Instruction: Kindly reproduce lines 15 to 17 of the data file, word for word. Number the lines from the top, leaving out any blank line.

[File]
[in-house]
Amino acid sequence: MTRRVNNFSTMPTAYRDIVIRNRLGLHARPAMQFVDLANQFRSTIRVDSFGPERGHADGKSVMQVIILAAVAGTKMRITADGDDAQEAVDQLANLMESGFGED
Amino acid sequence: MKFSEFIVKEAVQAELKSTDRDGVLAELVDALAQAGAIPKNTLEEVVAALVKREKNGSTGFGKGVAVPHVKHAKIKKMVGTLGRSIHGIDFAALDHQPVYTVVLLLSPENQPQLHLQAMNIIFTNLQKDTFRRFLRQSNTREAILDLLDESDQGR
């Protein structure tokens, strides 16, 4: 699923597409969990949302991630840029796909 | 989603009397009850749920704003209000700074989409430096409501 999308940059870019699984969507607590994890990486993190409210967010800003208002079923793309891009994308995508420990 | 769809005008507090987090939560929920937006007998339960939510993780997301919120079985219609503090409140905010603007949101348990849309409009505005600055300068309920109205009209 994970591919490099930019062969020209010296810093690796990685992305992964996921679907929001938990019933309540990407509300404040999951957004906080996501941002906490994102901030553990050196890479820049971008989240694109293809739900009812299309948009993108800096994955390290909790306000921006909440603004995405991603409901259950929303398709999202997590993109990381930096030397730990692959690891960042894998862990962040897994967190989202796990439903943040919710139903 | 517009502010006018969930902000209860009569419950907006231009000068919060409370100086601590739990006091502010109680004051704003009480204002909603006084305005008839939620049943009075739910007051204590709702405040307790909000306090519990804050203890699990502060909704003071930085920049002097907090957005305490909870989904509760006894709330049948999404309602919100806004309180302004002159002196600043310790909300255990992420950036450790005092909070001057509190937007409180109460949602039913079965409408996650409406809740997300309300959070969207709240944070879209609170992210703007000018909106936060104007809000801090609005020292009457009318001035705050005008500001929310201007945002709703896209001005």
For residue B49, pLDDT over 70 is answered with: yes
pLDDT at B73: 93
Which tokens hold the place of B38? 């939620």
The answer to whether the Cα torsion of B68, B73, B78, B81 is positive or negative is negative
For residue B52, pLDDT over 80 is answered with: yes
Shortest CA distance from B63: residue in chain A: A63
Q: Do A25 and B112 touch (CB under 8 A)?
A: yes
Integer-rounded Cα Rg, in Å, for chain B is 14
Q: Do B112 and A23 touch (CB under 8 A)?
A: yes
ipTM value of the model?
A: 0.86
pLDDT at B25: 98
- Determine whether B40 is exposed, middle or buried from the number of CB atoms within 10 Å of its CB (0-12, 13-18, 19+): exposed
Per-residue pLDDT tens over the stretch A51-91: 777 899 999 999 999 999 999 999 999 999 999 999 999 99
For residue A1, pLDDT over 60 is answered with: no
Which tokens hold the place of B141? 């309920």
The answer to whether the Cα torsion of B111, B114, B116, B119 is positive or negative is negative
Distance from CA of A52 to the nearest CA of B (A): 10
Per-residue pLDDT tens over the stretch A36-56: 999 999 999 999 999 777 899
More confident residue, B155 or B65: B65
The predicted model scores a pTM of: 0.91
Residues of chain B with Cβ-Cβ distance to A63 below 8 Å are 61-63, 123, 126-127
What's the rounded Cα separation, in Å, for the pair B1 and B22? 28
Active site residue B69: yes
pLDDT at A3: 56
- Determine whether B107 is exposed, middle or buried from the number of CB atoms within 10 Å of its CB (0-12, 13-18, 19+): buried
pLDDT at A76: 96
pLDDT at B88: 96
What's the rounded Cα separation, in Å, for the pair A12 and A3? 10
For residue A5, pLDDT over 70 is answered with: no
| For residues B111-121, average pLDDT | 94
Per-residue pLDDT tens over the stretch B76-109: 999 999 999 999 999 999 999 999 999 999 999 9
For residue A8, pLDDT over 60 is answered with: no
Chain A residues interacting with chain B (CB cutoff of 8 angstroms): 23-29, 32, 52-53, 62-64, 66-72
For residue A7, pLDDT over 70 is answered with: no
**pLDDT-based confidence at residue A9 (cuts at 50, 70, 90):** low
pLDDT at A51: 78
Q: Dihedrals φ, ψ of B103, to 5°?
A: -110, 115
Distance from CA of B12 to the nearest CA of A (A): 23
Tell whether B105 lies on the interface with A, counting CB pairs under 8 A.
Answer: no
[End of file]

A: yes
ipTM value of the model?
A: 0.86